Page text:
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California's top wage thief


Not paying somebody for a job they did, it's illegal. It's called wage theft. In California, the worst offender who's been cited by state regulators has paid only a tiny fraction of the millions of dollars that he owes workers. From member station KQED, Farida Jhabvala Romero reports.

FARIDA JHABVALA ROMERO, BYLINE: Back in 2016, carpenter Saul Pedroza got a job with a company called RDV Construction. He worked with a crew installing steel rods and wooden frames to build an apartment complex in LA County, but for a full month, Pedroza was never paid.

SAUL PEDROZA: (Through interpreter) Supervisors started saying that paychecks would come next week and then the next. That's how they strung us along.

JHABVALA ROMERO: When the checks never came, Pedroza quit. He was left with no money for rent or groceries for his kids.

PEDROZA: (Through interpreter) We struggled for a long time without any money.

JHABVALA ROMERO: It turns out the company that stiffed Pedroza did the same thing to more than a thousand other workers. Citations issued by the California Labor Commissioner's office in 2018 and 2019 say RDV and another company owned by the same man, Rafael Rivas, owe more than $16 million in back wages and penalties. But so far, the agency has recovered less than 2% of what's due, barely $300,000.

BENJAMIN WOOD: It's outrageous. It's infuriating.

JHABVALA ROMERO: Benjamin Wood is a former organizer with the Pomona Economic Opportunity Center, a nonprofit that supports day laborers. He's helped dozens of workers file wage claims with regulators, including against RDV.

WOOD: The state that has so much power to enforce, you know, criminal laws - but then when it comes to this massive wage theft, they seem like they're powerless.

JHABVALA ROMERO: The California Labor Commissioner's office declined multiple interview requests, but in a statement, the agency said it will keep exploring all available avenues for restitution. Court records and government documents show Rivas appealed the citations. Then pandemic disruptions and understaffing at the agency delayed the case. Rivas used that time to shut down RDV and filed for bankruptcy for his other company, called RVR General Construction. Then, in federal bankruptcy court, RVR agreed to pay 7.6 million, but under the current payment schedule, the company would take 50 years to cover even that partial restitution for workers.

BETH ROSS: It just is really a shame.

JHABVALA ROMERO: Beth Ross is an employment attorney who's represented many workers cheated out of their wages.

ROSS: These workers are so unlikely to see any amounts of money that could ever remedy the wrong that they suffered.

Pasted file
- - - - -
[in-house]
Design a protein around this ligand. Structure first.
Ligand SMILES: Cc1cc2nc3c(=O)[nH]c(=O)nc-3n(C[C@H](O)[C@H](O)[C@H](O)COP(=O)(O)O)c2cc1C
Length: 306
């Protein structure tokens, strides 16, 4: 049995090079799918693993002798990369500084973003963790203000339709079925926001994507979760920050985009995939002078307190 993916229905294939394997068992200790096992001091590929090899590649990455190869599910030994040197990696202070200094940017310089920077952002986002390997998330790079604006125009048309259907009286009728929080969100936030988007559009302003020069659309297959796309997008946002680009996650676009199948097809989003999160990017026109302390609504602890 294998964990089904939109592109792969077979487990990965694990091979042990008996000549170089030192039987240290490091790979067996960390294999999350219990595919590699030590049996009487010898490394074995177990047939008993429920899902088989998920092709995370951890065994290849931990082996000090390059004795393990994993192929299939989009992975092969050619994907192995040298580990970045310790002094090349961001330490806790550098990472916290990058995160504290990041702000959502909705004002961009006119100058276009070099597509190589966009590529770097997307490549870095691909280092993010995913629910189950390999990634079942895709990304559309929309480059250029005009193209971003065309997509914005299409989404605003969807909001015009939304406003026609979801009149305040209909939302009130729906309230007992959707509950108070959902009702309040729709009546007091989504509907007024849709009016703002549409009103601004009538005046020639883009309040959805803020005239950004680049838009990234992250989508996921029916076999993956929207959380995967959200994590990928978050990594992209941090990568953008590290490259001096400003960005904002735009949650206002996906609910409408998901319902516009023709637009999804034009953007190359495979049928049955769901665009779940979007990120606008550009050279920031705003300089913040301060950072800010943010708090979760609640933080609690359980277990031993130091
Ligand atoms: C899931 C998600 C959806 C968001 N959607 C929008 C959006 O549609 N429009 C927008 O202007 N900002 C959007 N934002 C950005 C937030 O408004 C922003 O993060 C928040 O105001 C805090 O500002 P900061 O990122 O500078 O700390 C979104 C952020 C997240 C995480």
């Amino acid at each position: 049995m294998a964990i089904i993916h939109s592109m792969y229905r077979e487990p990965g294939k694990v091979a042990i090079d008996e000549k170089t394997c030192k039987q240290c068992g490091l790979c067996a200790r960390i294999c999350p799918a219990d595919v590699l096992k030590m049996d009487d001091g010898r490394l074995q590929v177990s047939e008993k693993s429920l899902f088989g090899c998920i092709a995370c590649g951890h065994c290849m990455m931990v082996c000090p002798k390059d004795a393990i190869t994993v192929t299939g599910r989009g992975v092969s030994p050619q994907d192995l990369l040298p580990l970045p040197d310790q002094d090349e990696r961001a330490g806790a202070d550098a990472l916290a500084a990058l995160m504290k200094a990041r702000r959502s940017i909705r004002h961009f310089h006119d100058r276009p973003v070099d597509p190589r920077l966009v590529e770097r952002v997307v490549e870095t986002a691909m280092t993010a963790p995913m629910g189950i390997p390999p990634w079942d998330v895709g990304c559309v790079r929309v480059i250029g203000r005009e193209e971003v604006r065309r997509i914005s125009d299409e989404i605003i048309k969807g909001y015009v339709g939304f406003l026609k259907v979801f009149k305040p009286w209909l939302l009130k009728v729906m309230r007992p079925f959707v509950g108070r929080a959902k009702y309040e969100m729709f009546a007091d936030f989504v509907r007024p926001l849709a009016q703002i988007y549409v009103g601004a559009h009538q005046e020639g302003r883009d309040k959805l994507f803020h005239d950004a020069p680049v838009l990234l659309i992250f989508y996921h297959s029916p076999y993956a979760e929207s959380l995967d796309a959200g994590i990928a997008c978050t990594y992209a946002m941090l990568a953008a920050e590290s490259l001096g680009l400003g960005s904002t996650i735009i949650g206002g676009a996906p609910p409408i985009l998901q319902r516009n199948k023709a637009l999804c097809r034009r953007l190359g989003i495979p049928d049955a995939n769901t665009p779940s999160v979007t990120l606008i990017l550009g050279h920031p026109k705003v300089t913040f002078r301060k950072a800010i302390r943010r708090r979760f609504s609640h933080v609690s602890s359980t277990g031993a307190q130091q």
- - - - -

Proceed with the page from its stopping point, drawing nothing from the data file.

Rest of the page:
JHABVALA ROMERO: It's not clear what Rivas and his companies can truly afford to pay, or if the labor commissioner's office has looked hard enough. So I went looking for Rafael Rivas.


JHABVALA ROMERO: Nobody opened the door at a residential address he owns in San Bernardino County. And by the looks of it, it's unclear to me if anybody lives here. The blinds are closed. We couldn't confirm Rivas owns a new Maserati Grecale GT that was parked on the driveway. RVR General Construction's business address turned out to be a barbershop in front and a residence in the back. County records show Rivas transferred ownership of this property, with an estimated market value of 1.4 million, to a family member after his company filed for bankruptcy. But it's not clear why the labor commissioner hasn't gone after those assets.

UNIDENTIFIED PERSON: (Non-English language spoken).

JHABVALA ROMERO: A woman eating lunch at the house identified herself only as Rivas' ex. Before closing the door, she said they no longer talk to each other. Rivas did not return email, phone and in person requests for comment. In bankruptcy filings, he blamed the wage theft on family business partners. They also refused to speak with me. Meanwhile, RVR General Construction is still operating, and Rivas' former employees don't have their wages. Carpenter Javier Gonzalez is owed $11,000.

JAVIER GONZALEZ: (Through interpreter) I see it like he's made a mockery of all the people they defrauded and of the government.

JHABVALA ROMERO: Gonzalez says he can't afford a lawyer, so his only hope is that the labor commissioner's office steps up. For NPR News, I'm Farida Jhabvala Romero in Pomona, Calif. Transcript provided by NPR, Copyright NPR.

NPR transcripts are created on a rush deadline by an NPR contractor. This text may not be in its final form and may be updated or revised in the future. Accuracy and availability may vary. The authoritative record of NPR’s programming is the audio record.

Farida Romero